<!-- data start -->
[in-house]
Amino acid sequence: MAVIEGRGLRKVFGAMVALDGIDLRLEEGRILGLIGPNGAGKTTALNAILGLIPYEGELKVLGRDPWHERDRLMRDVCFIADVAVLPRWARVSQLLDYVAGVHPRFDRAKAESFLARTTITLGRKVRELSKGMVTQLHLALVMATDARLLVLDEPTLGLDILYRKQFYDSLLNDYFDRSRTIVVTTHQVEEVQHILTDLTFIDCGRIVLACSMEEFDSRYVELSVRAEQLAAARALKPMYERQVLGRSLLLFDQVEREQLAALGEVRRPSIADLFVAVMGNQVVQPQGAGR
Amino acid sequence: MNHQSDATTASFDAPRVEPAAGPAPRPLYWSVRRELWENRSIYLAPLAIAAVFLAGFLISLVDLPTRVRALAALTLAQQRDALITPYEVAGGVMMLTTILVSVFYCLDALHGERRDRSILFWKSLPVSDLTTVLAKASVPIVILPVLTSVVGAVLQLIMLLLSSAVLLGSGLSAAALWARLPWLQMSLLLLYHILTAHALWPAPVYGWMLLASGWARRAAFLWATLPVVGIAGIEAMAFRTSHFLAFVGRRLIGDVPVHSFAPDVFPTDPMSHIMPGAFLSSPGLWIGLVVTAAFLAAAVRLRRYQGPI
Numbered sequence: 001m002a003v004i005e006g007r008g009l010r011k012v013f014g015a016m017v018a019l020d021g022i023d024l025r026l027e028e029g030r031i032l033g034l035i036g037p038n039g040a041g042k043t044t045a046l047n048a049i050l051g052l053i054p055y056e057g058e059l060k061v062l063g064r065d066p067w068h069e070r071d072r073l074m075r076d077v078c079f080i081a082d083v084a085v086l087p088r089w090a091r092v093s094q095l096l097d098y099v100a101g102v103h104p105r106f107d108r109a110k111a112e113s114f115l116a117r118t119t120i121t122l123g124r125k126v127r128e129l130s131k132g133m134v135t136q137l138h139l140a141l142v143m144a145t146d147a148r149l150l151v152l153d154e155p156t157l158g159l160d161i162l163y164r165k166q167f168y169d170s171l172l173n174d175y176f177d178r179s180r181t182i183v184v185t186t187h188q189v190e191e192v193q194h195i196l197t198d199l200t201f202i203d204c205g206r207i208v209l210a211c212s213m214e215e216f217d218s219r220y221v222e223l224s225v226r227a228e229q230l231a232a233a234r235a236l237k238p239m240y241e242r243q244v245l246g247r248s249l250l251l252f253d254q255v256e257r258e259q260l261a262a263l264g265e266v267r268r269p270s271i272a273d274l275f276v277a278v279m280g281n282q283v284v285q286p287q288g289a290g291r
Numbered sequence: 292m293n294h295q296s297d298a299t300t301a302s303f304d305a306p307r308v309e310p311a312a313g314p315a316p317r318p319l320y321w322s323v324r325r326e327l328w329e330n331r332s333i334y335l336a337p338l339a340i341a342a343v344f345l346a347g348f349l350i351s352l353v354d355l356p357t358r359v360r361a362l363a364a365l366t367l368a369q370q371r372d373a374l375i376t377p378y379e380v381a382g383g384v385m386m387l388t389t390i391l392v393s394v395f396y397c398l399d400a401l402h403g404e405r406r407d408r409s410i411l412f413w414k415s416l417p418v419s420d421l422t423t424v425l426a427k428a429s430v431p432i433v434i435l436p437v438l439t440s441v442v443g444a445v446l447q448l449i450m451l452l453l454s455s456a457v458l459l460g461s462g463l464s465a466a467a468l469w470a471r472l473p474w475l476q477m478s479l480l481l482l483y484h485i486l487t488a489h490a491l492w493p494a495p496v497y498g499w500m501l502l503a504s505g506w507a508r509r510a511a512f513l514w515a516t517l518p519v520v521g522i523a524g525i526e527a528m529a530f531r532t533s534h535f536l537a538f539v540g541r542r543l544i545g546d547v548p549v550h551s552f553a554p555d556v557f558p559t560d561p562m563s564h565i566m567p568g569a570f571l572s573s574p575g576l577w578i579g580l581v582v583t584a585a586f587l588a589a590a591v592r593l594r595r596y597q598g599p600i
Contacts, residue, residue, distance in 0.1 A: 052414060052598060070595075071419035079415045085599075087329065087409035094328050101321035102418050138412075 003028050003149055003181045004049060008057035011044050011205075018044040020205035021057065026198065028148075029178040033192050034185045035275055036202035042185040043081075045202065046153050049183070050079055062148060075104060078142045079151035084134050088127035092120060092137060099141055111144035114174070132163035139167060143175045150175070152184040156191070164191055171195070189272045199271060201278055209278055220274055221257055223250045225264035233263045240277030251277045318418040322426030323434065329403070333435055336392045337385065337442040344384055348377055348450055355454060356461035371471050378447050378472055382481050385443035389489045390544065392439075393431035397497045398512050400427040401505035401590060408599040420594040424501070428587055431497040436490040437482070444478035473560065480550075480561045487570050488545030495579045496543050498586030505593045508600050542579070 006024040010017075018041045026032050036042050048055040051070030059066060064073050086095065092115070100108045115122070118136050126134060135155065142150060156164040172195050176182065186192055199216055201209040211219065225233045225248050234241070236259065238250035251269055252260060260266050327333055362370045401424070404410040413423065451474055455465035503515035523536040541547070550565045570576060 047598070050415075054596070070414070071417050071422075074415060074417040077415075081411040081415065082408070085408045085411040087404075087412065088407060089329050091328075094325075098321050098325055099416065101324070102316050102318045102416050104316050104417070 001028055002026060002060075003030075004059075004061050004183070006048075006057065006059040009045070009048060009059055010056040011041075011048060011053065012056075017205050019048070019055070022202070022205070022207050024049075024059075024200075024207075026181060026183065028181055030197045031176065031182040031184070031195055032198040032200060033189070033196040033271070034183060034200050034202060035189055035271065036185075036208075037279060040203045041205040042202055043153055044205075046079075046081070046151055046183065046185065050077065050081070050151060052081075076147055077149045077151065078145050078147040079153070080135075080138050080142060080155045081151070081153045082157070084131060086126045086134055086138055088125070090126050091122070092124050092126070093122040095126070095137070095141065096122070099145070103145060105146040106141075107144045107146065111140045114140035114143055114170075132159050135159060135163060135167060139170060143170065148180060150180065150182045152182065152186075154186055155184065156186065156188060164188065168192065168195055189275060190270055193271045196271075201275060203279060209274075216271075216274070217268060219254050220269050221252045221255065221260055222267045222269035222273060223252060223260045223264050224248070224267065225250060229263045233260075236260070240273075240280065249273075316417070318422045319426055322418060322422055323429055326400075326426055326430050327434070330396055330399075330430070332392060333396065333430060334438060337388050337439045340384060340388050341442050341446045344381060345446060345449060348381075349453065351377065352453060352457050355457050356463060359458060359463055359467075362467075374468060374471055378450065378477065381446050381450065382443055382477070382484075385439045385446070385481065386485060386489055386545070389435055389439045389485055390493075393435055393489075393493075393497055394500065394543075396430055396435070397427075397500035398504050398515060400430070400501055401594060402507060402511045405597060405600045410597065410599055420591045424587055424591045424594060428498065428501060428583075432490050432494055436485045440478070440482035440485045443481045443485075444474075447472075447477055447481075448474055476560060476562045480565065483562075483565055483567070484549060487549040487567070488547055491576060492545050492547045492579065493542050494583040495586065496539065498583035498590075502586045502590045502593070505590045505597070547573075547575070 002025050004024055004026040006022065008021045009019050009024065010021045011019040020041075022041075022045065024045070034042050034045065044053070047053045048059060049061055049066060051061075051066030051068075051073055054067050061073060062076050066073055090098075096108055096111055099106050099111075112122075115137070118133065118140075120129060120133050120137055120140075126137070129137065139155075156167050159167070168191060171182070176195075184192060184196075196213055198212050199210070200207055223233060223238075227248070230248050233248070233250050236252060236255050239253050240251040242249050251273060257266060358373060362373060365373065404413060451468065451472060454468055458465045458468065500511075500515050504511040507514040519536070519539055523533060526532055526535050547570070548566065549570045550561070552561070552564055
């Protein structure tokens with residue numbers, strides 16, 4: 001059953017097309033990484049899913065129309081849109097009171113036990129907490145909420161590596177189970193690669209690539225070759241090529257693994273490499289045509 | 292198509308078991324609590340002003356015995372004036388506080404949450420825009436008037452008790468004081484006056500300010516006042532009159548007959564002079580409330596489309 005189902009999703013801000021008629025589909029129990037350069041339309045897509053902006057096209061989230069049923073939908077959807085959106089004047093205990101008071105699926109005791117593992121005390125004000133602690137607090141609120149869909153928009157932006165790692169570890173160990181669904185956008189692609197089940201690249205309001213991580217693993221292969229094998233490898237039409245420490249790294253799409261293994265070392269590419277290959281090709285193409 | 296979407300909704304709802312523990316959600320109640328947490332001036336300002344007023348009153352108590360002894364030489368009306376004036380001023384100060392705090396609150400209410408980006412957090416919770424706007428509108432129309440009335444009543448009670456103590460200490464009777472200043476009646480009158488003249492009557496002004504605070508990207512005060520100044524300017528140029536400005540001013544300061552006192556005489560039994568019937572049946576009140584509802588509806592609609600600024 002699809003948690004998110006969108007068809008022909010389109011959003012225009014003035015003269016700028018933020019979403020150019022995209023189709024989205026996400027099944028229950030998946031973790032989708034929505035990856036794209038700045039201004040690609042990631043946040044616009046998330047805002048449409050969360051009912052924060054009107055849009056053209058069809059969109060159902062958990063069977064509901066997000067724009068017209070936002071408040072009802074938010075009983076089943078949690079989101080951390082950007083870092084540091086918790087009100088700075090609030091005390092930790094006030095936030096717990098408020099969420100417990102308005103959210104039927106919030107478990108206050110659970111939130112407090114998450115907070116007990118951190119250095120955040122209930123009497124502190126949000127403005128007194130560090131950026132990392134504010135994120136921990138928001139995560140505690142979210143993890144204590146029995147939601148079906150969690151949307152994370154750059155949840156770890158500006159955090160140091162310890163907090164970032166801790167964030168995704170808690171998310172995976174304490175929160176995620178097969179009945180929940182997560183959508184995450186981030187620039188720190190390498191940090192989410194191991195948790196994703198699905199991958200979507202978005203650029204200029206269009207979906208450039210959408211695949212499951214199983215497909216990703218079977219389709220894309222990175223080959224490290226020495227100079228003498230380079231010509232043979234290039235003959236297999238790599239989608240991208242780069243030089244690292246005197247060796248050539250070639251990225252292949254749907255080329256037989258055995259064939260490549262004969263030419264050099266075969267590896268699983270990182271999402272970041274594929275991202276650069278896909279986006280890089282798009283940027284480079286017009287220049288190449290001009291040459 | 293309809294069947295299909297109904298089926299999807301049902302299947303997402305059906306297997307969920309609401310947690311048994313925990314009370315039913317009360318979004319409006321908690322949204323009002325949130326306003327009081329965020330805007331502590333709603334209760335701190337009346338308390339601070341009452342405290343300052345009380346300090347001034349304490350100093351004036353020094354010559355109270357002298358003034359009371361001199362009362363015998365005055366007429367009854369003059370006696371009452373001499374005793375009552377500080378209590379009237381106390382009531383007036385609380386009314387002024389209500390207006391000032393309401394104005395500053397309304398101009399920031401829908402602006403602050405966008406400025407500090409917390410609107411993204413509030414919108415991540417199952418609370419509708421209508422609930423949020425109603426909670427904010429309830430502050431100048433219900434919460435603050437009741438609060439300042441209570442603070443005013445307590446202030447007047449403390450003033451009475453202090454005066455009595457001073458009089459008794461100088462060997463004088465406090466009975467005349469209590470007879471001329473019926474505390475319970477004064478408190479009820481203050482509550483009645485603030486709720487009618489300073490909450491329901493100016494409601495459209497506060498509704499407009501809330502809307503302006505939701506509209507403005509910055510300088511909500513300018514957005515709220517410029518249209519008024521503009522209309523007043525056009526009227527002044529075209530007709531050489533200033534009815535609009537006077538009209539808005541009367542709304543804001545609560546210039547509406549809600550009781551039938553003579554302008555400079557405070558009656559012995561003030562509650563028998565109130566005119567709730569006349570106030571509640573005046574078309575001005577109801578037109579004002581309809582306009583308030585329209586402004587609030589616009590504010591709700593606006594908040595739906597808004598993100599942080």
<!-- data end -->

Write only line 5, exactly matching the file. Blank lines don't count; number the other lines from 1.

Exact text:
Numbered sequence: 292m293n294h295q296s297d298a299t300t301a302s303f304d305a306p307r308v309e310p311a312a313g314p315a316p317r318p319l320y321w322s323v324r325r326e327l328w329e330n331r332s333i334y335l336a337p338l339a340i341a342a343v344f345l346a347g348f349l350i351s352l353v354d355l356p357t358r359v360r361a362l363a364a365l366t367l368a369q370q371r372d373a374l375i376t377p378y379e380v381a382g383g384v385m386m387l388t389t390i391l392v393s394v395f396y397c398l399d400a401l402h403g404e405r406r407d408r409s410i411l412f413w414k415s416l417p418v419s420d421l422t423t424v425l426a427k428a429s430v431p432i433v434i435l436p437v438l439t440s441v442v443g444a445v446l447q448l449i450m451l452l453l454s455s456a457v458l459l460g461s462g463l464s465a466a467a468l469w470a471r472l473p474w475l476q477m478s479l480l481l482l483y484h485i486l487t488a489h490a491l492w493p494a495p496v497y498g499w500m501l502l503a504s505g506w507a508r509r510a511a512f513l514w515a516t517l518p519v520v521g522i523a524g525i526e527a528m529a530f531r532t533s534h535f536l537a538f539v540g541r542r543l544i545g546d547v548p549v550h551s552f553a554p555d556v557f558p559t560d561p562m563s564h565i566m567p568g569a570f571l572s573s574p575g576l577w578i579g580l581v582v583t584a585a586f587l588a589a590a591v592r593l594r595r596y597q598g599p600i